9 Emphasis in bold added.

10 Together with the National Trades Union Congress (“NTUC”) and the Singapore National Employers Federation (“SNEF”), etc.

11 The material portions of the 25 April 2022 Workplace Advisory (at [6]) include: “Taking into consideration the workplace health and safety and operational needs of their respective companies or sectors, employers may implement vaccination-differentiated requirements for their employees (such as disallowing unvaccinated employees from entering the workplace), as a matter of company policy and in accordance with employment law. For unvaccinated employees whose jobs require working on-site as determined by the employers under such a company policy, employers may … [redeploy them or place them on no-pay leave based on mutually agreeable terms, or]… As a last resort after exploring options above, terminate their employment (with notice) in accordance with the employment contract. If the termination of employment is due to employees’ inability to be at the workplace to perform their contracted work, such termination of employment would not be considered as wrongful dismissal.” [Emphasis in bold added].

12 The applicants in the UK and Canadian cases were held to have lost their standing to challenge the COVID-19 regulations once they had been removed from the statute books.

13 In the Malaysian case, the Court held that a person had standing to challenge a revoked criminal law even after it had been repealed, while in the US case, the Court held that the applicant had standing to challenge the revoked COVID-19 visitor policy (barring Catholic clergy from ministering in-person to the spiritual needs of inmates) even after it had been removed (the AR held that this case was of limited relevance to the present matter, as, amongst other things, the standard for finding that a case is justiciable under US law appears to be different from Singapore law).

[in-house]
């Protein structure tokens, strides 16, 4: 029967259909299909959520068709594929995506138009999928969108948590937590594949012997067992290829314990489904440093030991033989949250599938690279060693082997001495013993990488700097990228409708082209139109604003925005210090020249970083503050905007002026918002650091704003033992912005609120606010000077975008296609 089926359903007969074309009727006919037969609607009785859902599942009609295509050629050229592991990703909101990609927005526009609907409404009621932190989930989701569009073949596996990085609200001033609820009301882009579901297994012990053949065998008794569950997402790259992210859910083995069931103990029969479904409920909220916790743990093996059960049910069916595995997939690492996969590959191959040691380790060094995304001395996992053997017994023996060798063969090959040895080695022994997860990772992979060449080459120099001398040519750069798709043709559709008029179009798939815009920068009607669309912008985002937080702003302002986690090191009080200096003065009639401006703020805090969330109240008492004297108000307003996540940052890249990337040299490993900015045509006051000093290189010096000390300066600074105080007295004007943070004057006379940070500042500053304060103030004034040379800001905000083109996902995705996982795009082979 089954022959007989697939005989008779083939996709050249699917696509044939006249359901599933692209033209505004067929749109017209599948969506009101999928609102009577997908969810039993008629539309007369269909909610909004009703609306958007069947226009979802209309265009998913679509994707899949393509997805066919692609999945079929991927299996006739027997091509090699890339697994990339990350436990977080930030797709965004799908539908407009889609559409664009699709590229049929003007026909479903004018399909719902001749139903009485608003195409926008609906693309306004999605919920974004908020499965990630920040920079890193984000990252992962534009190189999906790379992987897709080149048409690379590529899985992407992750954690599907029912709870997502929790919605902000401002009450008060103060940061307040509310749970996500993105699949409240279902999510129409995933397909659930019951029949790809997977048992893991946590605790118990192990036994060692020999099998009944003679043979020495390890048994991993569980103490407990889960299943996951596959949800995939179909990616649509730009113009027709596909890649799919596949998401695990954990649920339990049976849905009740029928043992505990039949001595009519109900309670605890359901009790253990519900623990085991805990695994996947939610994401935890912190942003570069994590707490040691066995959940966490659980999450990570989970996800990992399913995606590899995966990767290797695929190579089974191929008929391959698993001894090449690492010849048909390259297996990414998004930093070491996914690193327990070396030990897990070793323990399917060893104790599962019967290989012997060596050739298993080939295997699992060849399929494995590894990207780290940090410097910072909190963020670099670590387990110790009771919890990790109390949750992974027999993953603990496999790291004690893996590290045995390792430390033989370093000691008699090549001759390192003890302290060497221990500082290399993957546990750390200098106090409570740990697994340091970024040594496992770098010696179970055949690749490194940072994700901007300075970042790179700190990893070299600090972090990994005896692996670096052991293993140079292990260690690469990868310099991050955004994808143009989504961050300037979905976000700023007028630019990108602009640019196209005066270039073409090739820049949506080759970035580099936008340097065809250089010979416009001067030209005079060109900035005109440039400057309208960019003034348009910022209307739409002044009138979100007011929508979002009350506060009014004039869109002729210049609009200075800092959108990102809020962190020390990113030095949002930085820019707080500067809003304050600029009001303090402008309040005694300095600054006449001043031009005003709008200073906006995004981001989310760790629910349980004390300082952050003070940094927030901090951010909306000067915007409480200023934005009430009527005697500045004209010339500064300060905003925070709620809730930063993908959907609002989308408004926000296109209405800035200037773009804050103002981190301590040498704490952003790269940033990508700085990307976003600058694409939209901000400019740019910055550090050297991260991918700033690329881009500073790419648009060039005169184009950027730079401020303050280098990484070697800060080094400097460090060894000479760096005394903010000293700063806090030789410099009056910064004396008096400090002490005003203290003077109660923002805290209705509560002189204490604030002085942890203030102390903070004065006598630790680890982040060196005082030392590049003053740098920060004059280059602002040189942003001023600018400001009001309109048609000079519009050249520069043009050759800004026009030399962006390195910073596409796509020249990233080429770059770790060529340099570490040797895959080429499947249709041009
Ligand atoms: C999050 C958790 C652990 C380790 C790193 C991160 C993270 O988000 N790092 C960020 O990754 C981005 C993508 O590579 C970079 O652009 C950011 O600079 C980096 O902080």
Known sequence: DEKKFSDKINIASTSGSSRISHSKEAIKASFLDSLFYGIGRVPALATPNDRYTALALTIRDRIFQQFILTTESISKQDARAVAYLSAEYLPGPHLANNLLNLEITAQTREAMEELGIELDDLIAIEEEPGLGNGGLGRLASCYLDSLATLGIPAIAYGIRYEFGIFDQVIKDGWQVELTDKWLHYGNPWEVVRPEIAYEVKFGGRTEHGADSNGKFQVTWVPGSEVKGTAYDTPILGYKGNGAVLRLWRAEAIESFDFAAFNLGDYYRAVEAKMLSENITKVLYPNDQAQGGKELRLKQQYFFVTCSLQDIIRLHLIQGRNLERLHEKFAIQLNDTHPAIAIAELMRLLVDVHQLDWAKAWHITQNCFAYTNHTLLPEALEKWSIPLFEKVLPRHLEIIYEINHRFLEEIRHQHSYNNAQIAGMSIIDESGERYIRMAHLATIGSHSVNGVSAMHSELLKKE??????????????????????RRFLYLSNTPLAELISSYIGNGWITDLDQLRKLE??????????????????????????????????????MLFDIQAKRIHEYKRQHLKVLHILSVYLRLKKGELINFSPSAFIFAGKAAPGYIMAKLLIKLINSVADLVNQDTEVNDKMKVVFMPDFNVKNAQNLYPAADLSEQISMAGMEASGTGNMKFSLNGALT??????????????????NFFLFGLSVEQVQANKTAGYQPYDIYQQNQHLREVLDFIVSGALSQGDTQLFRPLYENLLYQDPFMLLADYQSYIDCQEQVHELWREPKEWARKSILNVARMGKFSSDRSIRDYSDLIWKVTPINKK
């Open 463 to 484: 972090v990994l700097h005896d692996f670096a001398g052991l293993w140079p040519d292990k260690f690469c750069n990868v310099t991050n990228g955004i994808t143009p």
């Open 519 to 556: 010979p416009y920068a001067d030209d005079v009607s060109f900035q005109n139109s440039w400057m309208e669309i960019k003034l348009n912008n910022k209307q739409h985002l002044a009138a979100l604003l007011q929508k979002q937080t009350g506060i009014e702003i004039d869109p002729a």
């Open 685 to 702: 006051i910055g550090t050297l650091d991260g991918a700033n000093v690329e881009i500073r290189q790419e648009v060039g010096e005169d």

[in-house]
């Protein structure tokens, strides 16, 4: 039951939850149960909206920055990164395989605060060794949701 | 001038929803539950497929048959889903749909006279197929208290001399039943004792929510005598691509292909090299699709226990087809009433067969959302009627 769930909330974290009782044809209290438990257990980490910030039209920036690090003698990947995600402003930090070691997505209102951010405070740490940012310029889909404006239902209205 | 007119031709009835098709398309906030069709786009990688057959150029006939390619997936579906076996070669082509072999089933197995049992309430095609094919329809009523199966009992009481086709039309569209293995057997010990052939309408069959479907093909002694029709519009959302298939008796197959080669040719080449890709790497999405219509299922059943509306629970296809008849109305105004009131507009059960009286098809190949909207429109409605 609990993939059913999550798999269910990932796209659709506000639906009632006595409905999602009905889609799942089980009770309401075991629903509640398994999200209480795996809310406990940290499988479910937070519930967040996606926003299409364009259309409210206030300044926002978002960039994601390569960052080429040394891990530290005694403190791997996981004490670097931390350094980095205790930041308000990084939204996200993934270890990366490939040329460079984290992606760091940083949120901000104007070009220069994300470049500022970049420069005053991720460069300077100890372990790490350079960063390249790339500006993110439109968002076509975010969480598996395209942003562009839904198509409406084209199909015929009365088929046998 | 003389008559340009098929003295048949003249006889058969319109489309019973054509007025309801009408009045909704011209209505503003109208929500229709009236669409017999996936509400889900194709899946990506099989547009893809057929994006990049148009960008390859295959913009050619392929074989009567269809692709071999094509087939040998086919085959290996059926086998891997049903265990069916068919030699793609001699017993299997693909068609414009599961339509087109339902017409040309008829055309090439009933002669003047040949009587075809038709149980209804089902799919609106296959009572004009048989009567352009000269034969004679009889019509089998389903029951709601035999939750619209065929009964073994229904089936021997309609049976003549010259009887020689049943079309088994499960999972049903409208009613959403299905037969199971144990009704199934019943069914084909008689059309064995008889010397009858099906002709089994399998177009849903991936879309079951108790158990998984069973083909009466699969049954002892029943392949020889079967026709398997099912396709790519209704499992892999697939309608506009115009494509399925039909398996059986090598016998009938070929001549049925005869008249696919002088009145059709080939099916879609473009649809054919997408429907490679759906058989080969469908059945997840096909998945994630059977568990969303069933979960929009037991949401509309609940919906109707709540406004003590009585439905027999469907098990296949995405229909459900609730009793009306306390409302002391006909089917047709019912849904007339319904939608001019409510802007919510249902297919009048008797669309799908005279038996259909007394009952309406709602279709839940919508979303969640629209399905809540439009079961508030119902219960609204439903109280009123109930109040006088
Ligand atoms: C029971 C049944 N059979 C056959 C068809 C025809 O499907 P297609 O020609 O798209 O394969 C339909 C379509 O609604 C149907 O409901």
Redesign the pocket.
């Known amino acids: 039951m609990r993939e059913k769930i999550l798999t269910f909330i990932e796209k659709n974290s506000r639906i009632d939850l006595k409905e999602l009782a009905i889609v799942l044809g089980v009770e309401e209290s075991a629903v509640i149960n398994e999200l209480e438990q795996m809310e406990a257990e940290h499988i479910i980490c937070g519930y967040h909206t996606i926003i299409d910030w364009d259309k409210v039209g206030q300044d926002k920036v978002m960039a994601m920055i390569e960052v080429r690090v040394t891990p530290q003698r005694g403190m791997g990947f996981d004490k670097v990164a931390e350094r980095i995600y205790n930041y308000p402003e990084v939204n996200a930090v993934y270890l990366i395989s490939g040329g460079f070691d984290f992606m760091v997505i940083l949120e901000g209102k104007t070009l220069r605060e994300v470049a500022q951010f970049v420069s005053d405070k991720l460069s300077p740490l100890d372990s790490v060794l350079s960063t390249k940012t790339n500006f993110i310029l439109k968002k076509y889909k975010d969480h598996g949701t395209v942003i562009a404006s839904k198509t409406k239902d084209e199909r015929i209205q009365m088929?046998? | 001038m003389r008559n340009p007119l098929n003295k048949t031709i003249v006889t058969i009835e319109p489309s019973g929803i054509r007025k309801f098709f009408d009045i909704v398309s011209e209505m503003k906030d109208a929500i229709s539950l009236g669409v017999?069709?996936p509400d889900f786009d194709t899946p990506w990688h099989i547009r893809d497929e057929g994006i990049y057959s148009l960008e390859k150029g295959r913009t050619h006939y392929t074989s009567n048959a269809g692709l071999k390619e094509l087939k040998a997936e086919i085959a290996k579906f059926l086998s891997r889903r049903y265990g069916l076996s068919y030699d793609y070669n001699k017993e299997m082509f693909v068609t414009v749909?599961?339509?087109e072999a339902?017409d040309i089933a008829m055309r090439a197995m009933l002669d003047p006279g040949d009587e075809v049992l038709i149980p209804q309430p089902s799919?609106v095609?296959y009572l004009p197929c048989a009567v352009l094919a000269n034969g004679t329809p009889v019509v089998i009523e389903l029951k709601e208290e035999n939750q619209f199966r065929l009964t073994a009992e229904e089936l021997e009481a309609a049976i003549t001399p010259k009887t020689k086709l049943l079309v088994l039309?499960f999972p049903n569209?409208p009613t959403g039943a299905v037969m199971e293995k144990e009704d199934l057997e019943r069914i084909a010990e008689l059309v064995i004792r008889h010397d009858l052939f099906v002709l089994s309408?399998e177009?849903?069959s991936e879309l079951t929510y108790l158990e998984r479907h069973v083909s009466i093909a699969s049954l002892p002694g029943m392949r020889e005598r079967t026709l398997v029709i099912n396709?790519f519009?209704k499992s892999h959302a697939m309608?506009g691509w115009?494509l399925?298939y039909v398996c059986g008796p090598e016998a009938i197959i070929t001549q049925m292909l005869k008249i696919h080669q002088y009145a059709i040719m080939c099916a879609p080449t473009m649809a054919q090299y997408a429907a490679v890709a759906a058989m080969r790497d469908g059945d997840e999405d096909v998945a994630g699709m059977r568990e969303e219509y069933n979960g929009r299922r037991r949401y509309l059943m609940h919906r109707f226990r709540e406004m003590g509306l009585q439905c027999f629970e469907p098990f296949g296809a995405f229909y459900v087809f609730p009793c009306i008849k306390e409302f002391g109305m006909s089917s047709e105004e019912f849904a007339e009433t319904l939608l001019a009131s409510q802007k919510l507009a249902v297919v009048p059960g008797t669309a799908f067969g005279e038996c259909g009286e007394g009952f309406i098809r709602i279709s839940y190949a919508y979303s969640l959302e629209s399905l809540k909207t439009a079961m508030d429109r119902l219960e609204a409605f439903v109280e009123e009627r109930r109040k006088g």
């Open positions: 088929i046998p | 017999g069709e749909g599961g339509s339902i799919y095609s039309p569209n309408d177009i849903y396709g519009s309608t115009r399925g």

14 The MTF elaborated that this “means that VDS will no longer be required for (i) events with more than 500 participants at any one time, (ii) nightlife establishments where dancing among patrons is one of the intended activities, and (iii) dining in at F&B establishments, including hawker centres.”

15 Together with the NTUC and the SNEF, etc.

16 Amongst other things, the 7 October 2022 Workplace Advisory provides (at [4]-[5]) that:
“4. With the lifting of VDS, the tripartite partners are of the view that employers should take the decision to remove vaccination-differentiated requirements for access to the workplace. However, employers may consider whether the situations in para 5 below are applicable. Vaccination-differentiated requirements for specific occupations 5. If there are genuine occupational requirements, employers, taking into consideration the workplace health and safety and operational needs of their business, may continue implementing vaccination-differentiated requirements for their employees to access the workplace (such as deploying only vaccinated individuals), as a matter of company policy and in accordance with employment law. For example, employers may require their employees to be fully vaccinated before entering the workplace because their employees have to work closely with vulnerable individuals (which may be the case for allied healthcare professionals, nurses and doctors in hospitals and clinics); or the employees’ job scope involves travelling to countries with vaccination-differentiated entry requirements.”
[Emphasis in bold original].

17 The AR applied Han Hui Hui and ors v Attorney-General [2022] SGHC 141 (“Han Hui Hui”) at [58]-[59] (see footnote 18 below for an elaboration), and held that the prayers to challenge inter alia the Decisions of the MTF do not disclose any reasonable cause of action and should be struck out.